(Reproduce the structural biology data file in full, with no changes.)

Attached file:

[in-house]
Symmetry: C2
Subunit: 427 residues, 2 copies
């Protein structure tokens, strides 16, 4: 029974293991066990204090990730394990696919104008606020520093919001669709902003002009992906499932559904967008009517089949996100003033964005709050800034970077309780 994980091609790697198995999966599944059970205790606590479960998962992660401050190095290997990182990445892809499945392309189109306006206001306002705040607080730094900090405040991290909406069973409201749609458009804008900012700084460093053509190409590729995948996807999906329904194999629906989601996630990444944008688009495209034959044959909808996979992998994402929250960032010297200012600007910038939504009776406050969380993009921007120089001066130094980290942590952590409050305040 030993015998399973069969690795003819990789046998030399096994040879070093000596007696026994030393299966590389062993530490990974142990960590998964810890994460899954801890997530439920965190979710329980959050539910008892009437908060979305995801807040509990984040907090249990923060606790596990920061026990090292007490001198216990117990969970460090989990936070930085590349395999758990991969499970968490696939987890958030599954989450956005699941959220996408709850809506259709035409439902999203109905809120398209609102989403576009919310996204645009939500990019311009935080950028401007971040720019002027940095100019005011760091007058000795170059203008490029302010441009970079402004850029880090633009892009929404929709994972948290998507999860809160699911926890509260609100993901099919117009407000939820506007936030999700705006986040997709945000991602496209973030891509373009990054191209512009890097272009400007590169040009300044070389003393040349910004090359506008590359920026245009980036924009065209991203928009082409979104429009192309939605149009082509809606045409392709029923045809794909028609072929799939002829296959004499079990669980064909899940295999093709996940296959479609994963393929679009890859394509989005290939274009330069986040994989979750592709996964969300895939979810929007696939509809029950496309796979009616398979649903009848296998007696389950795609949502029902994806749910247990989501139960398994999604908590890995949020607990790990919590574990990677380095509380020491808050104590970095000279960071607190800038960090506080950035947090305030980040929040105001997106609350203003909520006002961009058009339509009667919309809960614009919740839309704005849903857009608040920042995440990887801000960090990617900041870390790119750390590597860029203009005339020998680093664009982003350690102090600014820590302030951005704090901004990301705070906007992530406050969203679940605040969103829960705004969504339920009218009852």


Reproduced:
[in-house]
Symmetry: C2
Subunit: 427 residues, 2 copies
């Protein structure tokens, strides 16, 4: 029974293991066990204090990730394990696919104008606020520093919001669709902003002009992906499932559904967008009517089949996100003033964005709050800034970077309780 994980091609790697198995999966599944059970205790606590479960998962992660401050190095290997990182990445892809499945392309189109306006206001306002705040607080730094900090405040991290909406069973409201749609458009804008900012700084460093053509190409590729995948996807999906329904194999629906989601996630990444944008688009495209034959044959909808996979992998994402929250960032010297200012600007910038939504009776406050969380993009921007120089001066130094980290942590952590409050305040 030993015998399973069969690795003819990789046998030399096994040879070093000596007696026994030393299966590389062993530490990974142990960590998964810890994460899954801890997530439920965190979710329980959050539910008892009437908060979305995801807040509990984040907090249990923060606790596990920061026990090292007490001198216990117990969970460090989990936070930085590349395999758990991969499970968490696939987890958030599954989450956005699941959220996408709850809506259709035409439902999203109905809120398209609102989403576009919310996204645009939500990019311009935080950028401007971040720019002027940095100019005011760091007058000795170059203008490029302010441009970079402004850029880090633009892009929404929709994972948290998507999860809160699911926890509260609100993901099919117009407000939820506007936030999700705006986040997709945000991602496209973030891509373009990054191209512009890097272009400007590169040009300044070389003393040349910004090359506008590359920026245009980036924009065209991203928009082409979104429009192309939605149009082509809606045409392709029923045809794909028609072929799939002829296959004499079990669980064909899940295999093709996940296959479609994963393929679009890859394509989005290939274009330069986040994989979750592709996964969300895939979810929007696939509809029950496309796979009616398979649903009848296998007696389950795609949502029902994806749910247990989501139960398994999604908590890995949020607990790990919590574990990677380095509380020491808050104590970095000279960071607190800038960090506080950035947090305030980040929040105001997106609350203003909520006002961009058009339509009667919309809960614009919740839309704005849903857009608040920042995440990887801000960090990617900041870390790119750390590597860029203009005339020998680093664009982003350690102090600014820590302030951005704090901004990301705070906007992530406050969203679940605040969103829960705004969504339920009218009852």